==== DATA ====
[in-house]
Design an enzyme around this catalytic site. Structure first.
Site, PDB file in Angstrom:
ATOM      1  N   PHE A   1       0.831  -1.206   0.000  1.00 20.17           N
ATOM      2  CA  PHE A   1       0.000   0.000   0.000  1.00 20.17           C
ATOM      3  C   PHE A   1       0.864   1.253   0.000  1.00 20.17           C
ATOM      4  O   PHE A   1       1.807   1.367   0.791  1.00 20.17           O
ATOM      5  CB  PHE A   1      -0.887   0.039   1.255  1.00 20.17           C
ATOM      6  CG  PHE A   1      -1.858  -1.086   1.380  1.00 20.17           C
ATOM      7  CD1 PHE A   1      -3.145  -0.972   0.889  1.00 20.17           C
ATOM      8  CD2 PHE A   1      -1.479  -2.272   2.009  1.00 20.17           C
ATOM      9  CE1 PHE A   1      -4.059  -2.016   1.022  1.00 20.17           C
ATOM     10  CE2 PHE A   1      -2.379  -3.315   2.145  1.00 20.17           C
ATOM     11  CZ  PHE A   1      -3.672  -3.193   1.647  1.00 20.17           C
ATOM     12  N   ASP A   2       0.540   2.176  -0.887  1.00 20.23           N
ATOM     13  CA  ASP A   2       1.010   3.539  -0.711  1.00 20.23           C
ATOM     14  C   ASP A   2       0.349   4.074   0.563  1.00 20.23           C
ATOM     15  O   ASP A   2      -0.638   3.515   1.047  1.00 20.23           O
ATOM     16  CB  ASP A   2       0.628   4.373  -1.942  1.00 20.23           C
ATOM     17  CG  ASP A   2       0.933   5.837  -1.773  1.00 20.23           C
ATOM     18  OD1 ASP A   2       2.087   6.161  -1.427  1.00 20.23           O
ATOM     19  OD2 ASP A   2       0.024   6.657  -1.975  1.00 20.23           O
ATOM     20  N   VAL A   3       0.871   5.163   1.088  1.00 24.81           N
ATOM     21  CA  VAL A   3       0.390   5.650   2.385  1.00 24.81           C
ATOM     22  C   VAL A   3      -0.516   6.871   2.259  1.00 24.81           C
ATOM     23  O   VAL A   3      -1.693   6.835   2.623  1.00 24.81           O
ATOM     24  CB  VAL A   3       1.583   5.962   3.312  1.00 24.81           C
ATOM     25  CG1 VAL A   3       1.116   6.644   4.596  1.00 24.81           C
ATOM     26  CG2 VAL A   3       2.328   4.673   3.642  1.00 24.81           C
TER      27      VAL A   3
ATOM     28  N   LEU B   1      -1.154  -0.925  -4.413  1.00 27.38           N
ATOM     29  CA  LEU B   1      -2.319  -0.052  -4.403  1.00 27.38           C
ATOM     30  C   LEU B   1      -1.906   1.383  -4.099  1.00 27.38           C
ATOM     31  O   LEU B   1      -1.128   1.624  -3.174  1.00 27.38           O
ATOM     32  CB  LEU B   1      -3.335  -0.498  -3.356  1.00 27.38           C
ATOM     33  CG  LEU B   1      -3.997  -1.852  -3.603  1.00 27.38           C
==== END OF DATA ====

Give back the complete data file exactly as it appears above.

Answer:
[in-house]
Design an enzyme around this catalytic site. Structure first.
Site, PDB file in Angstrom:
ATOM      1  N   PHE A   1       0.831  -1.206   0.000  1.00 20.17           N
ATOM      2  CA  PHE A   1       0.000   0.000   0.000  1.00 20.17           C
ATOM      3  C   PHE A   1       0.864   1.253   0.000  1.00 20.17           C
ATOM      4  O   PHE A   1       1.807   1.367   0.791  1.00 20.17           O
ATOM      5  CB  PHE A   1      -0.887   0.039   1.255  1.00 20.17           C
ATOM      6  CG  PHE A   1      -1.858  -1.086   1.380  1.00 20.17           C
ATOM      7  CD1 PHE A   1      -3.145  -0.972   0.889  1.00 20.17           C
ATOM      8  CD2 PHE A   1      -1.479  -2.272   2.009  1.00 20.17           C
ATOM      9  CE1 PHE A   1      -4.059  -2.016   1.022  1.00 20.17           C
ATOM     10  CE2 PHE A   1      -2.379  -3.315   2.145  1.00 20.17           C
ATOM     11  CZ  PHE A   1      -3.672  -3.193   1.647  1.00 20.17           C
ATOM     12  N   ASP A   2       0.540   2.176  -0.887  1.00 20.23           N
ATOM     13  CA  ASP A   2       1.010   3.539  -0.711  1.00 20.23           C
ATOM     14  C   ASP A   2       0.349   4.074   0.563  1.00 20.23           C
ATOM     15  O   ASP A   2      -0.638   3.515   1.047  1.00 20.23           O
ATOM     16  CB  ASP A   2       0.628   4.373  -1.942  1.00 20.23           C
ATOM     17  CG  ASP A   2       0.933   5.837  -1.773  1.00 20.23           C
ATOM     18  OD1 ASP A   2       2.087   6.161  -1.427  1.00 20.23           O
ATOM     19  OD2 ASP A   2       0.024   6.657  -1.975  1.00 20.23           O
ATOM     20  N   VAL A   3       0.871   5.163   1.088  1.00 24.81           N
ATOM     21  CA  VAL A   3       0.390   5.650   2.385  1.00 24.81           C
ATOM     22  C   VAL A   3      -0.516   6.871   2.259  1.00 24.81           C
ATOM     23  O   VAL A   3      -1.693   6.835   2.623  1.00 24.81           O
ATOM     24  CB  VAL A   3       1.583   5.962   3.312  1.00 24.81           C
ATOM     25  CG1 VAL A   3       1.116   6.644   4.596  1.00 24.81           C
ATOM     26  CG2 VAL A   3       2.328   4.673   3.642  1.00 24.81           C
TER      27      VAL A   3
ATOM     28  N   LEU B   1      -1.154  -0.925  -4.413  1.00 27.38           N
ATOM     29  CA  LEU B   1      -2.319  -0.052  -4.403  1.00 27.38           C
ATOM     30  C   LEU B   1      -1.906   1.383  -4.099  1.00 27.38           C
ATOM     31  O   LEU B   1      -1.128   1.624  -3.174  1.00 27.38           O
ATOM     32  CB  LEU B   1      -3.335  -0.498  -3.356  1.00 27.38           C
ATOM     33  CG  LEU B   1      -3.997  -1.852  -3.603  1.00 27.38           C